Arts & Entertainment

A Review on Preston Lane’s “Actions and Objectives”

A&EActions and Objections ReviewJessica CliffordShown- Sarah Palm, Jannie Jones, Josh C. Anderson and Claire RichardsonCourtesy of Triad Stage

Triad Stage. Shown: Sarah Palm, Jannie Jones, Josh C. Anderson and Claire Richardson 

 

Jessica Clifford
   Staff Writer

The world premiere of Preston Lane’s “Actions and Objectives” took place at the Triad Stage this past weekend. On Friday, April 7, a cast of fifteen local actors and seven creative team staff members came together to help perform an unrestrained political play within a play about the contemporary South.

“Actions and Objectives” takes the setting of the fictionalized Hawboro, a repeat of Lane’s last three plays including “Providence Gap,”  “Common Enemy” and “Radiant Abundant.” Hawboro, is a small Southern town situated in the Piedmont Triad of North Carolina that was finally in a state of tranquility after the recent debacles with the Zebulon Zebras in Lane’s last play “Common Enemy.”

The construction for Hawboro’s new theater is finally complete – just in time for the town’s celebration of their centennial anniversary. Eleanor Blessing, performed by Cinny Strickland, hires a New York director, Sharon Harmon, played by Lisa Kitchens, to create and direct a play about the founding of Hawboro and the Blessing family mill.

Suddenly, the play strikes up controversy between the town’s locals and the New York director and her dramaturge, performed by Neila K. Ettienne. Everyone is beginning to question the real story of Hawboro’s history that is even unknown to the last living family member of the Blessing family.

This show represents the continuous strife in the United States’ South, with recent examples of the social unrest that has taken hold of our country in the past decade. The mixing of past and present inequality forces audience members to question what it really means to have Southern pride.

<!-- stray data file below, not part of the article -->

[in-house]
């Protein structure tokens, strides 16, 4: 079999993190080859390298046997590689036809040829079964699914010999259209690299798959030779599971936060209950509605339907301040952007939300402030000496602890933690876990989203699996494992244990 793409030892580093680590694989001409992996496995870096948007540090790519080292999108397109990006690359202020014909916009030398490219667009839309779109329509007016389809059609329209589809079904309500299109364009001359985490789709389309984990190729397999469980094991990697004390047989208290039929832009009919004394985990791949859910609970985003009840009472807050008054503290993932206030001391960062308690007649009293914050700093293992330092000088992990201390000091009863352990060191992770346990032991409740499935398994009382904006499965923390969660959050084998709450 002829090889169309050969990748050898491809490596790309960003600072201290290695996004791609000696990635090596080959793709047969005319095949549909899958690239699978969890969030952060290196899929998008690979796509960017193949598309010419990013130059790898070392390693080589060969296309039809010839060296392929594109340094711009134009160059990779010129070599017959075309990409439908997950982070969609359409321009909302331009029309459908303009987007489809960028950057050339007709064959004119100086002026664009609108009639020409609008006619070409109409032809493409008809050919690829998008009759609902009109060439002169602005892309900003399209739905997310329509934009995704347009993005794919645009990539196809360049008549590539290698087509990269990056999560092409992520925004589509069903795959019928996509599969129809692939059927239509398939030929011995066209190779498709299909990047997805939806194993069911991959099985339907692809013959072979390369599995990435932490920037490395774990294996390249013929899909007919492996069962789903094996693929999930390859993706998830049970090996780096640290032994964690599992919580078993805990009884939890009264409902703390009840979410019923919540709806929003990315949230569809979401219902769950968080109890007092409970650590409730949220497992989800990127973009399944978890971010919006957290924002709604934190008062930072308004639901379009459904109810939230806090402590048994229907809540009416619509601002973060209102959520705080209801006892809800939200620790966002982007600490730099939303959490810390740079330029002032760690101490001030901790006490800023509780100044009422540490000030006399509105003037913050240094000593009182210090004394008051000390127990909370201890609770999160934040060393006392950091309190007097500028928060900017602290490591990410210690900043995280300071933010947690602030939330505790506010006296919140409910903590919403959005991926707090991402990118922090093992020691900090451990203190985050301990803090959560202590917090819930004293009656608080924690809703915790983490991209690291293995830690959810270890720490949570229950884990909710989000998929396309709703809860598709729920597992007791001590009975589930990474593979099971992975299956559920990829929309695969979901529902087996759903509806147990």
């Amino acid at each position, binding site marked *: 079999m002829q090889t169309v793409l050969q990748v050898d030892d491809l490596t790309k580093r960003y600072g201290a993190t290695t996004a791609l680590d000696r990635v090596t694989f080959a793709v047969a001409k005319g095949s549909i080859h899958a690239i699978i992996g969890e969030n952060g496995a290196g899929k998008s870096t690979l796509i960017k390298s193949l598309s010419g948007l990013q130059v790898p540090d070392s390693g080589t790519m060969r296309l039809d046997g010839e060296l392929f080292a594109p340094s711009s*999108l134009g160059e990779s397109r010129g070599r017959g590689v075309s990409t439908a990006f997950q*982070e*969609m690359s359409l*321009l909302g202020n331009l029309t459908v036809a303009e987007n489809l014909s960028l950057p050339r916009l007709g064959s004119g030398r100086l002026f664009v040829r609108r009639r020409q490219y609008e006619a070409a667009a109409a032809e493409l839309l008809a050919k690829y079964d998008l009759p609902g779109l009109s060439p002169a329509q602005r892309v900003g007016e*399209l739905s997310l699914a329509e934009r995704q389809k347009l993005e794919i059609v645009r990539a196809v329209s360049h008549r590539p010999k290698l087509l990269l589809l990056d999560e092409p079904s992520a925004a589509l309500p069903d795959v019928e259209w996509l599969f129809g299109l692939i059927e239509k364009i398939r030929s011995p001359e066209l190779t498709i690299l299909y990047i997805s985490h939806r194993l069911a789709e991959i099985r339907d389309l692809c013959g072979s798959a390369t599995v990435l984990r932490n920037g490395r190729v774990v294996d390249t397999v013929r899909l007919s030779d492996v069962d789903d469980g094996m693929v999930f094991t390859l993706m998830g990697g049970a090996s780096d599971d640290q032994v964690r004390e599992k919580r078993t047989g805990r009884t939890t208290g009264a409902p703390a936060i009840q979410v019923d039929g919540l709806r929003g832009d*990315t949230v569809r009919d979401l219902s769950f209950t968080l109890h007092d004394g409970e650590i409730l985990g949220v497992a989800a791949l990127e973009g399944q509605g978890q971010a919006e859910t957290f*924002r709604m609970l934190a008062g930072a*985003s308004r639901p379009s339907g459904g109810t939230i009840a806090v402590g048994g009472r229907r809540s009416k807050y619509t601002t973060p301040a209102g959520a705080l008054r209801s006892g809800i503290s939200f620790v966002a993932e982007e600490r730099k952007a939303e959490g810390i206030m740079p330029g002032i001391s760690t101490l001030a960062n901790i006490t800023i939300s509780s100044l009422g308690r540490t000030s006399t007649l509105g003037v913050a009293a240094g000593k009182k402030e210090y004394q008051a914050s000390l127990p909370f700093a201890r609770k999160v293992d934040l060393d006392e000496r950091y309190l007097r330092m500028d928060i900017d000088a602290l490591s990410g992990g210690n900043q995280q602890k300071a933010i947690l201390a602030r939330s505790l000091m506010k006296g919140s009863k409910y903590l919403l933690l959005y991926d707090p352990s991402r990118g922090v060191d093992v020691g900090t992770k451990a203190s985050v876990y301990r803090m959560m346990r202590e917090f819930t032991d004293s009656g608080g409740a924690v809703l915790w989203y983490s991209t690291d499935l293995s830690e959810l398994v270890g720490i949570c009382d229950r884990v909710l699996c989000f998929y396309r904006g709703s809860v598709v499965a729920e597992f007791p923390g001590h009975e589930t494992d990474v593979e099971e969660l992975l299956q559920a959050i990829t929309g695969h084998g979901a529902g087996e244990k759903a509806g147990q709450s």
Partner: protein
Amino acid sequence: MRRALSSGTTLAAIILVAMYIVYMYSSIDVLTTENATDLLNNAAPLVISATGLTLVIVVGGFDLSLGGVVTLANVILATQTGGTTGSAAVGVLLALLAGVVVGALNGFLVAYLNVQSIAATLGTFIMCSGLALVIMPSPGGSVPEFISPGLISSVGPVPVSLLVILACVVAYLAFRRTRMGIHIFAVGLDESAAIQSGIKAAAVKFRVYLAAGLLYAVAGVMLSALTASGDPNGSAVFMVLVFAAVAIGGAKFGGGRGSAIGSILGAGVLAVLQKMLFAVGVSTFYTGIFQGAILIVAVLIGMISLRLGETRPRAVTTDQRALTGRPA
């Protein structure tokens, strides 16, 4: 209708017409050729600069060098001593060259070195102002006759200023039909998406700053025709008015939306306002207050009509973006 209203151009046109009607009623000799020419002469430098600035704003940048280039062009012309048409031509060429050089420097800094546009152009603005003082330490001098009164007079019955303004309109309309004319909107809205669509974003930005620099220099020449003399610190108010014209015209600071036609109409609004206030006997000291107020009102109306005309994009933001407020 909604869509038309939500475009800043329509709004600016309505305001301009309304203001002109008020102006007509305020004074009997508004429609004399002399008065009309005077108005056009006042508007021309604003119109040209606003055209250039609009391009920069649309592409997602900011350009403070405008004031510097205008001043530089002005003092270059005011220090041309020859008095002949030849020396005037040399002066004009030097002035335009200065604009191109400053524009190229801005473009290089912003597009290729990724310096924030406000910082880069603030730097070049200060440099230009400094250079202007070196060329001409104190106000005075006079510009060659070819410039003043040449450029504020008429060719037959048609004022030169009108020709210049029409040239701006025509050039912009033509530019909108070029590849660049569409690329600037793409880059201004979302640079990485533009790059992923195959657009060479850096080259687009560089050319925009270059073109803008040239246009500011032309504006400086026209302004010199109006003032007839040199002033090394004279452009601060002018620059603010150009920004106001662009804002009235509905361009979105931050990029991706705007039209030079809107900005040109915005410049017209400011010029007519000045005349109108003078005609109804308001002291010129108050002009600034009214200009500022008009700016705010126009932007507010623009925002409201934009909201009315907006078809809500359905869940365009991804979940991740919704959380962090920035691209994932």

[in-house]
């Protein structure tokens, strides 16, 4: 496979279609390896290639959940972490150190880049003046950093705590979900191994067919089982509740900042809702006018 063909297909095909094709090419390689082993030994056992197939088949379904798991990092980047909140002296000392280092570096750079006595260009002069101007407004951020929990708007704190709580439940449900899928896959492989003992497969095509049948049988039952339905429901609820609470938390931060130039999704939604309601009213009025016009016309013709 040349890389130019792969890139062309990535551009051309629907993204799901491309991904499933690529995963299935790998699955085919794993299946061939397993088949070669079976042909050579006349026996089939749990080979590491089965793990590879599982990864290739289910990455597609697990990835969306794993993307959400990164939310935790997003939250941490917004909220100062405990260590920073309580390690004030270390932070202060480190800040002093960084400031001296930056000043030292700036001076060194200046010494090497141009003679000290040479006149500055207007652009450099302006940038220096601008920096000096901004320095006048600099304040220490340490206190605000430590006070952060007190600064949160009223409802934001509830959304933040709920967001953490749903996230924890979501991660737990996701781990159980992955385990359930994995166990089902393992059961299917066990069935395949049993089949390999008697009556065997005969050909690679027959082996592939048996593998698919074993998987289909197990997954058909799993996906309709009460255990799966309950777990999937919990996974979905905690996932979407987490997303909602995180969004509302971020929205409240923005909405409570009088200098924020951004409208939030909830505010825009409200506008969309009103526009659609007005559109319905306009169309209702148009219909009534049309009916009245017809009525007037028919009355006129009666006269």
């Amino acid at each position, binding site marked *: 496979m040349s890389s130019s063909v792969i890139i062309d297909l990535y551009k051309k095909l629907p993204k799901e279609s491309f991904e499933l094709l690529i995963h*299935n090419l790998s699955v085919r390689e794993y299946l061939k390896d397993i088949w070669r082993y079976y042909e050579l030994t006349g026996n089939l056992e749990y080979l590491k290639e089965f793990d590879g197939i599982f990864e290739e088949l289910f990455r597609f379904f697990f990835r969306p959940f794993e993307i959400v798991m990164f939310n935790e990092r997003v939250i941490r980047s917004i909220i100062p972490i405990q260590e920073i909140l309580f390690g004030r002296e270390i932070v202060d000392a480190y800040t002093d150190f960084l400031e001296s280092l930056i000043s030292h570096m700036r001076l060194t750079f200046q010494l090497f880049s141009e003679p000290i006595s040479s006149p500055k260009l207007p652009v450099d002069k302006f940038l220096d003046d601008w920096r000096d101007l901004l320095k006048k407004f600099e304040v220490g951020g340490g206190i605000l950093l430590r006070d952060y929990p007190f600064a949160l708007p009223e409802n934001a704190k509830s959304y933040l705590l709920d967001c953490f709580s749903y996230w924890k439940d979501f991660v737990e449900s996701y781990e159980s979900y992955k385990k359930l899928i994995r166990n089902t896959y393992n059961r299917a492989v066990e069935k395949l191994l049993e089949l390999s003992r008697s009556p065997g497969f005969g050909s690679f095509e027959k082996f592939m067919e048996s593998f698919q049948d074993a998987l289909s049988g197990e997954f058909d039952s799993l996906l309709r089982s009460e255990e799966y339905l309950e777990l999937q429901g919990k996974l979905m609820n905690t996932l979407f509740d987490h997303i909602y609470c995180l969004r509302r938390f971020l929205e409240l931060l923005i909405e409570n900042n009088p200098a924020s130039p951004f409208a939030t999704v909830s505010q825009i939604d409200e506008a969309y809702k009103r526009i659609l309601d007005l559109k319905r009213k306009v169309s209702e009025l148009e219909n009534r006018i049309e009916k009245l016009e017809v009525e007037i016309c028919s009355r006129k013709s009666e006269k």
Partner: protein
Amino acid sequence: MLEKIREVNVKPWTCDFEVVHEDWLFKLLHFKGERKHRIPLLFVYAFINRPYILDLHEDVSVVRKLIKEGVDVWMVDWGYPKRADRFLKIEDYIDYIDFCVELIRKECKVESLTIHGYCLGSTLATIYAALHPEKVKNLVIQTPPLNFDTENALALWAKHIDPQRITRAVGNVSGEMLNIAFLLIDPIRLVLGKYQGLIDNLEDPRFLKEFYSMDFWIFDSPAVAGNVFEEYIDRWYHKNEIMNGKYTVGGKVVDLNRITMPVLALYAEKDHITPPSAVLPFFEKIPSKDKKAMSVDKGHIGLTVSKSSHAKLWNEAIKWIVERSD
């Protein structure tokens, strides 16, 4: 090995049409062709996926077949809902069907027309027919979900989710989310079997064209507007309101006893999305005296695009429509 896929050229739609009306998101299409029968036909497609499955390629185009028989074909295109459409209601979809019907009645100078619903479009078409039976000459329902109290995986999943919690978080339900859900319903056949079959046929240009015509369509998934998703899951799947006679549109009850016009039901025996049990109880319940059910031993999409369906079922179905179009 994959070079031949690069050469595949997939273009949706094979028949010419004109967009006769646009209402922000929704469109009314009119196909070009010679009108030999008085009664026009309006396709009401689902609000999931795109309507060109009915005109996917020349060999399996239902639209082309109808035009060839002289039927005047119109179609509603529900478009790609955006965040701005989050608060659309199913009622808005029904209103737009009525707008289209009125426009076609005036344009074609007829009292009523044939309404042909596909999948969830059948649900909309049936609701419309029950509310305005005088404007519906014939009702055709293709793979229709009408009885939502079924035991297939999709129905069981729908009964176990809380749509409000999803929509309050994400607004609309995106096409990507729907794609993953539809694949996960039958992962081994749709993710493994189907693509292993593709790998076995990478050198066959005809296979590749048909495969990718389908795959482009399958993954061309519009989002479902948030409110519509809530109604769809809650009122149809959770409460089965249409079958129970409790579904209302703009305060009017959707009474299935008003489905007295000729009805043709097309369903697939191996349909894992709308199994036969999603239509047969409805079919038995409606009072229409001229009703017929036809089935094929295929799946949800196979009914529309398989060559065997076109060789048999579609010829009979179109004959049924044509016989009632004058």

“Actions and Objectives” showcases the constant reluctance many white United States’ citizens have when talking about race. It opens the conversation about white people’s’ misunderstandings and lack of willingness to understand the struggles that the black community has faced due to white supremacy.

The way the play unfolds it makes audiences question more and more about what it means to be a racist and how many white people subconsciously own their privilege while denying that it is there. As one character said, “white people don’t care about race…except for white liberals sometimes”. The writing of “Actions and Objectives” is phenomenal in the way it does not ask questions, but demands them of you as you watch the performance.

The play also showcases the continuous tensions between the North and South. “Actions and Objectives” plays on the stereotypes that each region has about the other. Sharon, the director in the play, makes the claim that Southerners are unintelligent, and an actor in the play’s play claims that Northerners do not know Southern history. One scene particularly makes you question about the Confederate flag’s real significance – was it a sign of slavery or heritage?

Another important contemporary matter the show makes you question is what it means to support a cause? While one character undergoes police brutality, a Black Lives Matter protest breaks out in the town of Hawboro. Through these scenes, there is an interrogation of millennials protesting style, all of the hashtags, pictures and social media posts, that makes one wonder if we are only doing it to seem culturally woke.

Though Preston Lane assures the audience through his director’s note that Hawboro is “most definitely not Greensboro,” his play alludes to many of the struggles during the Civil Rights movement in the Gate City. One character’s line in particular, “change takes time,” was a motto here in Greensboro from the forties to the sixties. The Blessing family in Hawboro represents wealthy families in cities, such as Greensboro, where they insisted on keeping the white status quo.

“Actions and Objectives” musters up a simultaneous feeling of hope and cynicism that makes the play’s narrative deeper, while the cast performs their characters with a raw and natural talent that enliven the character’s emotions. This play relates to young audiences through the character’s slang and current social topics, while relating to older generations that remember when these issues spiked heavy interest during the Civil Rights movement.

Overall, Preston Lane made another political statement out of a play. “My ideal political theater doesn’t tell us what to think; it asks us to examine why we think what we think we think,” said Preston Lane after the production of “Common Enemy.”  “Actions and Objectives, makes you constantly question and wonder: how do we go from here? How can we truly make equality equitable for everyone?

This play starts the conversation about the relevant social topics we are encountering today. It stirs things up. It makes you question. It is a great show if you want to truly think. “Actions and Objectives” runs till April 23rd. If you are interested, make sure you save a date, because tickets will most likely go fast.

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